Communion in Hand at the Last Supper?

I understand that in the TLM Communion was taken on the tongue, and in the New Mass Communion is generally taken in the hand. I got into thinking of the Last Supper. When the apostles took the Body, wouldn’t they have taken it in their hands?

Yes, and that’s also how it was received for the first several centuries. Communion on the tongue was a later development in Church history.

and it was a good development, so we kept it.

There are several classical liturgies still in use in the Catholic Church that by rubric call for Communion in the Hand, even by the faithful.

This is NOT to be interpreted as disapproval of Communion on the Tongue, but simply to say that the practice has NEVER been uniform (despite what some people want to think).

I have yet to see anyone asking for communion in the hand be turned down, even in the TLM.

On the other hand, if a priest were to force me communion in the hand, I would refuse to do so. Why? Because I forgot the rubrics/rules on how to do it. :slight_smile:

Because I forgot the rubrics/rules on how to do it

With that attitude, anyone who forgets how to participate at Mass shouldn’t have to go. But that isn’t the crux of a priest forcing you to receive by hand; no priest is permitted to force a Catholic to receive by hand, everyone may receive either on the tongue or in the hand, it’s in the Roman Church’s missal and in the GIRM (which actually references the Roman Missal).

I have received both ways. The question I ask of people who receive in the hand is this: what do you do with the crumbs or specks of the Sacred Host that get left in the palm of your hand? Do you look? Do you not look? Do you let them fall to the ground? No matter how small they are they still are the body of Christ.

I have received in the hand for the last 40 years. I look in my left hand every time I take the host with my right. I have never seen a visible crumb, speck or piece of the host.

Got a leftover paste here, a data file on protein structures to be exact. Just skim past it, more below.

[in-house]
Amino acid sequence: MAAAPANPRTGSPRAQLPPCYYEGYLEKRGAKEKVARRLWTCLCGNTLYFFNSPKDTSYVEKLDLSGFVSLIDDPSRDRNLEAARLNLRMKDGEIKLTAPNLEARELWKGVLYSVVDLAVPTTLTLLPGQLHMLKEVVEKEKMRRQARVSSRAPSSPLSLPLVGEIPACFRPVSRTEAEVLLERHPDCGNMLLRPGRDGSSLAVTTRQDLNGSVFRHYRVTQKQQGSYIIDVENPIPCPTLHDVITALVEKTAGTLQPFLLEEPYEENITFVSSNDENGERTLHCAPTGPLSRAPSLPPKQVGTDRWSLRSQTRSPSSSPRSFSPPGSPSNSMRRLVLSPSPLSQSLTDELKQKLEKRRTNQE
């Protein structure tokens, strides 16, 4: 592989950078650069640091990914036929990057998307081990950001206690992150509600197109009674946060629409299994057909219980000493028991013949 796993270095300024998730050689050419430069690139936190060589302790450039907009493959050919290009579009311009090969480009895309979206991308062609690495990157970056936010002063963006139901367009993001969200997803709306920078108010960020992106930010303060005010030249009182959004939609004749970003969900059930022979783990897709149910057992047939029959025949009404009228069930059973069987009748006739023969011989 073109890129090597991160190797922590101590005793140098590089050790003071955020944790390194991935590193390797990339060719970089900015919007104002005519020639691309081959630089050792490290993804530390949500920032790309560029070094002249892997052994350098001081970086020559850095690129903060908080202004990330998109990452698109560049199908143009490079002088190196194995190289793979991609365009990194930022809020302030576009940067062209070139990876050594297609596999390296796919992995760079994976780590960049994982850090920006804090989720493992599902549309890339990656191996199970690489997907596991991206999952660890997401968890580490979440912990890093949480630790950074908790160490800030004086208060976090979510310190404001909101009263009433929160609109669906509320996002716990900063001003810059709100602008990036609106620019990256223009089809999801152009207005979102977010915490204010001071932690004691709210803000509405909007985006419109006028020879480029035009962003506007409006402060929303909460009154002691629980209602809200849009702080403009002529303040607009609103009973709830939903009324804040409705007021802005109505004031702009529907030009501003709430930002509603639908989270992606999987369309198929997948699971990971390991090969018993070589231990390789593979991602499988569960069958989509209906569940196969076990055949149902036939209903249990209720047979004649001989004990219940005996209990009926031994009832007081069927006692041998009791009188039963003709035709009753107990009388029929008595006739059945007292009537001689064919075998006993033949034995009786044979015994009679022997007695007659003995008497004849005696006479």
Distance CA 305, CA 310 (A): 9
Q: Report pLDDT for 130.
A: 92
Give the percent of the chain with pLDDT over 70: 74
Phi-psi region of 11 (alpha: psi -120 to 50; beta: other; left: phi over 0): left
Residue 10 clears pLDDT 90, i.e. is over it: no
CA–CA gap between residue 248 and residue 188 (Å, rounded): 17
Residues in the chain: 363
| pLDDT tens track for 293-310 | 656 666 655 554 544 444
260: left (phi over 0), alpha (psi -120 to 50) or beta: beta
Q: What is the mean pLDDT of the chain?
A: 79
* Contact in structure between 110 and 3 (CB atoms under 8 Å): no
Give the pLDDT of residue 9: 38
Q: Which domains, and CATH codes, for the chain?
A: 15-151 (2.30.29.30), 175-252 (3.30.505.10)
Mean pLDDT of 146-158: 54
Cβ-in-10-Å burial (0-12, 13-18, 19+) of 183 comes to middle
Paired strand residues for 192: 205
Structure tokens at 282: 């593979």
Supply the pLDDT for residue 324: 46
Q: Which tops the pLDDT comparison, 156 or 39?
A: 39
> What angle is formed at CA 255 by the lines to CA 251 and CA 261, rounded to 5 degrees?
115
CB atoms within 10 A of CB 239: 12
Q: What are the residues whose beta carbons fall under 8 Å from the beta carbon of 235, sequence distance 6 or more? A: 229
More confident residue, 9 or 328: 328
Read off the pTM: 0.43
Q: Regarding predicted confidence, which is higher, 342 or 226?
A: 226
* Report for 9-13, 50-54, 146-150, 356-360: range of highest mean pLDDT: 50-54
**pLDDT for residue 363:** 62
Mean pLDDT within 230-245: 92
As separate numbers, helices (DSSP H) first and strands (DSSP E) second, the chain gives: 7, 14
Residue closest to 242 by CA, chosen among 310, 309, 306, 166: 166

Only recently have I been going to the OF Mass. I had been going to the EF for the last 15 years or so and now decided to expand my horizons a little and go daily. I see the OF and the EF as good complements to each other.

I remember 35 years ago it took them three weeks to explain the proper procedure for receiving in the hand. THREE WEEKS! That doesn’t equate to “easy.” So, Mr. Perfect, you follow the exact rubrics of putting a certain hand under the other and lifting your hands to the right level, then stepping to the side, etc?? I’d wager that 95% of CITH people are doing it wrong. :rolleyes:

\The question I ask of people who receive in the hand is this: what do you do with the crumbs or specks of the Sacred Host that get left in the palm of your hand?\

**The few times I have received in the hand, I have always checked my palm for crumbs and always licked it after swallowing the Holy Body lest there were any I did not see.

And while I do not believe that H1N1, or indeed any pathogen, can be transmitted by the Holy Eucharist, regardless of how it is received, should I live under the jurisdiction of a Bishop who has required Communion in the hand pro tem, I would yield to the consciences of weaker brethren and do so.**